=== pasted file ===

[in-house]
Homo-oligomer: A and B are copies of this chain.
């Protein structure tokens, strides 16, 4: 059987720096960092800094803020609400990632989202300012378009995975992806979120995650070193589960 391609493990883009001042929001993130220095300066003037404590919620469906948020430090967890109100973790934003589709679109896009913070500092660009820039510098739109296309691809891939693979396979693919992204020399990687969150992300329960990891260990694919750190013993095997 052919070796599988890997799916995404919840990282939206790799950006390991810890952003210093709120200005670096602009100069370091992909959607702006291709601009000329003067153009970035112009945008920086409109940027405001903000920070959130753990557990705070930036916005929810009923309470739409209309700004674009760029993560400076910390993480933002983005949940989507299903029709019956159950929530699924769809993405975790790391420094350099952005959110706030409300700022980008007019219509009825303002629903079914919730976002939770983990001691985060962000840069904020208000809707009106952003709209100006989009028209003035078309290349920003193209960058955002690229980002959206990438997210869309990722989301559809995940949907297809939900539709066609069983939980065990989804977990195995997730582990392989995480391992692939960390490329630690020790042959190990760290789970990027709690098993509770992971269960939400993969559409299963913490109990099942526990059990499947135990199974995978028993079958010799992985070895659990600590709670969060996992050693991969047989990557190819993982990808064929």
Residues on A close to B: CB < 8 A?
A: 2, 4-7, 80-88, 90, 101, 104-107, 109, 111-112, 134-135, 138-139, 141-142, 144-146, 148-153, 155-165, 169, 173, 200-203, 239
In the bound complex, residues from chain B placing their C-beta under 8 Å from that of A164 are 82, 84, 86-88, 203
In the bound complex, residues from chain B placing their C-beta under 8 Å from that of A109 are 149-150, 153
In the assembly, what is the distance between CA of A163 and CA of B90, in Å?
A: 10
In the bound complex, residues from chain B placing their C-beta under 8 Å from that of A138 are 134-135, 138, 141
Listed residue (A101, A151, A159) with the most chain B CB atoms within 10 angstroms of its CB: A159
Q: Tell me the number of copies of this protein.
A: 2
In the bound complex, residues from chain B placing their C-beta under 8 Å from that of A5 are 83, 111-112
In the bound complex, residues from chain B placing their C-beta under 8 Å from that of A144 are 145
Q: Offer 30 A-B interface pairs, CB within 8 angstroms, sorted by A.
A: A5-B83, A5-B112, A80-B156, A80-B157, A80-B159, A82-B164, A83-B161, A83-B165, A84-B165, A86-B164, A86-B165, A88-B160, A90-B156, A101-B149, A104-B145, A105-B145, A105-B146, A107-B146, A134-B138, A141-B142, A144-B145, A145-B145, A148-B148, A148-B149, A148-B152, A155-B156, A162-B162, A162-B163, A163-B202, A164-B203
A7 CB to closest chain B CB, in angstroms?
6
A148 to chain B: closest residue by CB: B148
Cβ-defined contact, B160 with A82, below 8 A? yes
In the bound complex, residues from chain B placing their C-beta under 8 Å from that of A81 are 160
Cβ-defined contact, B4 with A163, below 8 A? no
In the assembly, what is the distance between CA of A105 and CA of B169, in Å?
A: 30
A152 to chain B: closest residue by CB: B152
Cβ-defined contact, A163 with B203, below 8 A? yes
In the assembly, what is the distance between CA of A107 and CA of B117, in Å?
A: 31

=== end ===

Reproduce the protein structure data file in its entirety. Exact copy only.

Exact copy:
[in-house]
Homo-oligomer: A and B are copies of this chain.
């Protein structure tokens, strides 16, 4: 059987720096960092800094803020609400990632989202300012378009995975992806979120995650070193589960 391609493990883009001042929001993130220095300066003037404590919620469906948020430090967890109100973790934003589709679109896009913070500092660009820039510098739109296309691809891939693979396979693919992204020399990687969150992300329960990891260990694919750190013993095997 052919070796599988890997799916995404919840990282939206790799950006390991810890952003210093709120200005670096602009100069370091992909959607702006291709601009000329003067153009970035112009945008920086409109940027405001903000920070959130753990557990705070930036916005929810009923309470739409209309700004674009760029993560400076910390993480933002983005949940989507299903029709019956159950929530699924769809993405975790790391420094350099952005959110706030409300700022980008007019219509009825303002629903079914919730976002939770983990001691985060962000840069904020208000809707009106952003709209100006989009028209003035078309290349920003193209960058955002690229980002959206990438997210869309990722989301559809995940949907297809939900539709066609069983939980065990989804977990195995997730582990392989995480391992692939960390490329630690020790042959190990760290789970990027709690098993509770992971269960939400993969559409299963913490109990099942526990059990499947135990199974995978028993079958010799992985070895659990600590709670969060996992050693991969047989990557190819993982990808064929």
Residues on A close to B: CB < 8 A?
A: 2, 4-7, 80-88, 90, 101, 104-107, 109, 111-112, 134-135, 138-139, 141-142, 144-146, 148-153, 155-165, 169, 173, 200-203, 239
In the bound complex, residues from chain B placing their C-beta under 8 Å from that of A164 are 82, 84, 86-88, 203
In the bound complex, residues from chain B placing their C-beta under 8 Å from that of A109 are 149-150, 153
In the assembly, what is the distance between CA of A163 and CA of B90, in Å?
A: 10
In the bound complex, residues from chain B placing their C-beta under 8 Å from that of A138 are 134-135, 138, 141
Listed residue (A101, A151, A159) with the most chain B CB atoms within 10 angstroms of its CB: A159
Q: Tell me the number of copies of this protein.
A: 2
In the bound complex, residues from chain B placing their C-beta under 8 Å from that of A5 are 83, 111-112
In the bound complex, residues from chain B placing their C-beta under 8 Å from that of A144 are 145
Q: Offer 30 A-B interface pairs, CB within 8 angstroms, sorted by A.
A: A5-B83, A5-B112, A80-B156, A80-B157, A80-B159, A82-B164, A83-B161, A83-B165, A84-B165, A86-B164, A86-B165, A88-B160, A90-B156, A101-B149, A104-B145, A105-B145, A105-B146, A107-B146, A134-B138, A141-B142, A144-B145, A145-B145, A148-B148, A148-B149, A148-B152, A155-B156, A162-B162, A162-B163, A163-B202, A164-B203
A7 CB to closest chain B CB, in angstroms?
6
A148 to chain B: closest residue by CB: B148
Cβ-defined contact, B160 with A82, below 8 A? yes
In the bound complex, residues from chain B placing their C-beta under 8 Å from that of A81 are 160
Cβ-defined contact, B4 with A163, below 8 A? no
In the assembly, what is the distance between CA of A105 and CA of B169, in Å?
A: 30
A152 to chain B: closest residue by CB: B152
Cβ-defined contact, A163 with B203, below 8 A? yes
In the assembly, what is the distance between CA of A107 and CA of B117, in Å?
A: 31